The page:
# Documentation

Mathlib.Computability.Ackermann

# Ackermann function #

In this file, we define the two-argument Ackermann function ack. Despite having a recursive definition, we show that this isn't a primitive recursive function.

## Main results #

• exists_lt_ack_of_nat_primrec: any primitive recursive function is pointwise bounded above by ack m for some m.
• not_primrec₂_ack: the two-argument Ackermann function is not primitive recursive.

## Proof approach #

We very broadly adapt the proof idea from https://www.planetmath.org/ackermannfunctionisnotprimitiverecursive. Namely, we prove that for any primitive recursive f : ℕ → ℕ, there exists m such that f n < ack m n for all n. This then implies that fun n => ack n n can't be primitive recursive, and so neither can ack. We aren't able to use the same bounds as in that proof though, since our approach of using pairing functions differs from their approach of using multivariate functions.

The important bounds we show during the main inductive proof (exists_lt_ack_of_nat_primrec) are the following. Assuming ∀ n, f n < ack a n and ∀ n, g n < ack b n, we have:

• ∀ n, pair (f n) (g n) < ack (max a b + 3) n.
• ∀ n, g (f n) < ack (max a b + 2) n.
• ∀ n, Nat.rec (f n.unpair.1) (fun (y IH : ℕ) => g (pair n.unpair.1 (pair y IH))) n.unpair.2 < ack (max a b + 9) n.

The last one is evidently the hardest. Using unpair_add_le, we reduce it to the more manageable

• ∀ m n, rec (f m) (fun (y IH : ℕ) => g (pair m (pair y IH))) n < ack (max a b + 9) (m + n).

We then prove this by induction on n. Our proof crucially depends on ack_pair_lt, which is applied twice, giving us a constant of 4 + 4. The rest of the proof consists of simpler bounds which bump up our constant to 9.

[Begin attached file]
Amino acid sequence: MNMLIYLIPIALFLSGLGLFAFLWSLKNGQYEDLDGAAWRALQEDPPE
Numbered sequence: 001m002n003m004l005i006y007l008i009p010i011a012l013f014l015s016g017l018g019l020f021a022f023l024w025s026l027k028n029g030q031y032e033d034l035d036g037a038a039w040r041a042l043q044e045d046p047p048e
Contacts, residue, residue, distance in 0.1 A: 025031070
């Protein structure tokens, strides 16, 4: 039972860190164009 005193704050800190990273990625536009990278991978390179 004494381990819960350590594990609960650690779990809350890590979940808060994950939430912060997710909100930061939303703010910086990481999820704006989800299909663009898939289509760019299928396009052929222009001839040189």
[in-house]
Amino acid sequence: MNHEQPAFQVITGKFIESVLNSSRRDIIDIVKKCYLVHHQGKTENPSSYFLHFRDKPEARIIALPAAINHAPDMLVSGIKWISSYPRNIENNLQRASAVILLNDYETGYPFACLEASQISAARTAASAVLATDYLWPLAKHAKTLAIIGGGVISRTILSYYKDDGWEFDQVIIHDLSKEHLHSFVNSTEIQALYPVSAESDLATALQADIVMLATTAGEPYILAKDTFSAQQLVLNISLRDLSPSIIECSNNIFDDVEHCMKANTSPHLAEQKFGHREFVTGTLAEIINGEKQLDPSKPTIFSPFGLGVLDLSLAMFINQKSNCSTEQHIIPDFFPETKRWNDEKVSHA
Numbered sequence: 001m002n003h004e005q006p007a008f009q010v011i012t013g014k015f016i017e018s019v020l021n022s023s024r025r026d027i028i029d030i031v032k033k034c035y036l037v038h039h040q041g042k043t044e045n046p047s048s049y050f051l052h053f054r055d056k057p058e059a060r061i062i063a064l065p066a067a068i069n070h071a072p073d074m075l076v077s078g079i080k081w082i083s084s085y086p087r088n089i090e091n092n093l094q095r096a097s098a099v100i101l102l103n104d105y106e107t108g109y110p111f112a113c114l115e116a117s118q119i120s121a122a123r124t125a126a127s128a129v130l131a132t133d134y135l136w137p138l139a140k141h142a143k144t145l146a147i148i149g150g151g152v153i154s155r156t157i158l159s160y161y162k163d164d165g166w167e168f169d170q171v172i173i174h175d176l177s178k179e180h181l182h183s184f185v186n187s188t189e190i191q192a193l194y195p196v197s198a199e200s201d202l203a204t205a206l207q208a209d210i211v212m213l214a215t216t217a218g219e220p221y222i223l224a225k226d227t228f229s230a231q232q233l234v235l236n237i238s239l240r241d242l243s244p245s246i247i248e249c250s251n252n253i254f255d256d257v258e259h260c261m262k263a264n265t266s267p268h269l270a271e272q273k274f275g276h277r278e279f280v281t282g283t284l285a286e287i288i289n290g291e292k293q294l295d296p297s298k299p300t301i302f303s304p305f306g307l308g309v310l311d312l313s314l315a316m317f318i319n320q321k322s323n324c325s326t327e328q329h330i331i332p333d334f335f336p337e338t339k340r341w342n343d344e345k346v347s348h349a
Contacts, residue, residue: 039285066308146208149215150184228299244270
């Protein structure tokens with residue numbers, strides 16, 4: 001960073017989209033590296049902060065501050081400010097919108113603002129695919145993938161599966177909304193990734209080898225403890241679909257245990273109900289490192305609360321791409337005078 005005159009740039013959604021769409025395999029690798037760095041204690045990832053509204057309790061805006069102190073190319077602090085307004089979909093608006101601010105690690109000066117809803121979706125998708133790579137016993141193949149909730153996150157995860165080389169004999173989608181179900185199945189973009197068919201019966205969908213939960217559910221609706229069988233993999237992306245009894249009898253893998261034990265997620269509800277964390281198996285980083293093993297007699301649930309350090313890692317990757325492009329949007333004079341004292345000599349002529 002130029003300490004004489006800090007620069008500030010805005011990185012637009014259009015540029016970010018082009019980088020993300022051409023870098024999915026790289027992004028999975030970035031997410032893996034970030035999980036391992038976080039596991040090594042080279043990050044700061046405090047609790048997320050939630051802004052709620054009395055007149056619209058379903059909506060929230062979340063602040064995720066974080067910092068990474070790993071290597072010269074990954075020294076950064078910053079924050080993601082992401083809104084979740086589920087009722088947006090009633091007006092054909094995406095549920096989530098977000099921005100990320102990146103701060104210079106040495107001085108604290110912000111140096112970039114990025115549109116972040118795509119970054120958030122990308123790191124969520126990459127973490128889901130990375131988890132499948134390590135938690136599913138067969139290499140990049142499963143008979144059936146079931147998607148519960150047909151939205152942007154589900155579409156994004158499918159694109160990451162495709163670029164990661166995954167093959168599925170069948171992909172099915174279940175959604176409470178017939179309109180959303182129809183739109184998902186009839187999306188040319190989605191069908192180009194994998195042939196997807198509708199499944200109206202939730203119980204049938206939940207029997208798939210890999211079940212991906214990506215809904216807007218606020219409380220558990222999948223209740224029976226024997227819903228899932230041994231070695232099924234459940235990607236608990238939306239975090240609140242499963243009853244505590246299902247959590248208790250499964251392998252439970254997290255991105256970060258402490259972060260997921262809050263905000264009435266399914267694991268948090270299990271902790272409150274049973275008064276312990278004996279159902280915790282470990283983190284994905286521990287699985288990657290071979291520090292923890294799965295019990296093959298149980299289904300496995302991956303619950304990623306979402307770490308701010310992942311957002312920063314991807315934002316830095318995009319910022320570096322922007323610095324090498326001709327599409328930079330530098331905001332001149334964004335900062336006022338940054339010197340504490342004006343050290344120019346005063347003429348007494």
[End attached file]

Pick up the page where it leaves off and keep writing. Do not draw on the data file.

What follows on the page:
def ack :

The two-argument Ackermann function, defined so that

• ack 0 n = n + 1
• ack (m + 1) 0 = ack m 1
• ack (m + 1) (n + 1) = ack m (ack (m + 1) n).

This is of interest as both a fast-growing function, and as an example of a recursive function that isn't primitive recursive.

Equations
Instances For
@[simp]
theorem ack_zero (n : ) :
ack 0 n = n + 1
@[simp]
theorem ack_succ_zero (m : ) :
ack (m + 1) 0 = ack m 1
@[simp]
theorem ack_succ_succ (m : ) (n : ) :
ack (m + 1) (n + 1) = ack m (ack (m + 1) n)
@[simp]
theorem ack_one (n : ) :
ack 1 n = n + 2
@[simp]
theorem ack_two (n : ) :
ack 2 n = 2 * n + 3
@[simp]
theorem ack_three (n : ) :
ack 3 n = 2 ^ (n + 3) - 3
theorem ack_pos (m : ) (n : ) :
0 < ack m n
theorem one_lt_ack_succ_left (m : ) (n : ) :
1 < ack (m + 1) n
theorem one_lt_ack_succ_right (m : ) (n : ) :
1 < ack m (n + 1)
@[simp]
theorem ack_lt_iff_right {m : } {n₁ : } {n₂ : } :
ack m n₁ < ack m n₂ n₁ < n₂
@[simp]
theorem ack_le_iff_right {m : } {n₁ : } {n₂ : } :
ack m n₁ ack m n₂ n₁ n₂
@[simp]
theorem ack_inj_right {m : } {n₁ : } {n₂ : } :
ack m n₁ = ack m n₂ n₁ = n₂
theorem max_ack_right (m : ) (n₁ : ) (n₂ : ) :
ack m (max n₁ n₂) = max (ack m n₁) (ack m n₂)
theorem add_lt_ack (m : ) (n : ) :
m + n < ack m n
m + n + 1 ack m n
theorem lt_ack_left (m : ) (n : ) :
m < ack m n
theorem lt_ack_right (m : ) (n : ) :
n < ack m n
theorem ack_strictMono_left (n : ) :
StrictMono fun m => ack m n
theorem ack_mono_left (n : ) :
Monotone fun m => ack m n
@[simp]
theorem ack_lt_iff_left {m₁ : } {m₂ : } {n : } :
ack m₁ n < ack m₂ n m₁ < m₂
@[simp]
theorem ack_le_iff_left {m₁ : } {m₂ : } {n : } :
ack m₁ n ack m₂ n m₁ m₂
@[simp]
theorem ack_inj_left {m₁ : } {m₂ : } {n : } :
ack m₁ n = ack m₂ n m₁ = m₂
theorem max_ack_left (m₁ : ) (m₂ : ) (n : ) :
ack (max m₁ m₂) n = max (ack m₁ n) (ack m₂ n)
theorem ack_le_ack {m₁ : } {m₂ : } {n₁ : } {n₂ : } (hm : m₁ m₂) (hn : n₁ n₂) :
ack m₁ n₁ ack m₂ n₂
theorem ack_succ_right_le_ack_succ_left (m : ) (n : ) :
ack m (n + 1) ack (m + 1) n
If f is primitive recursive, there exists m such that f n < ack m n for all n.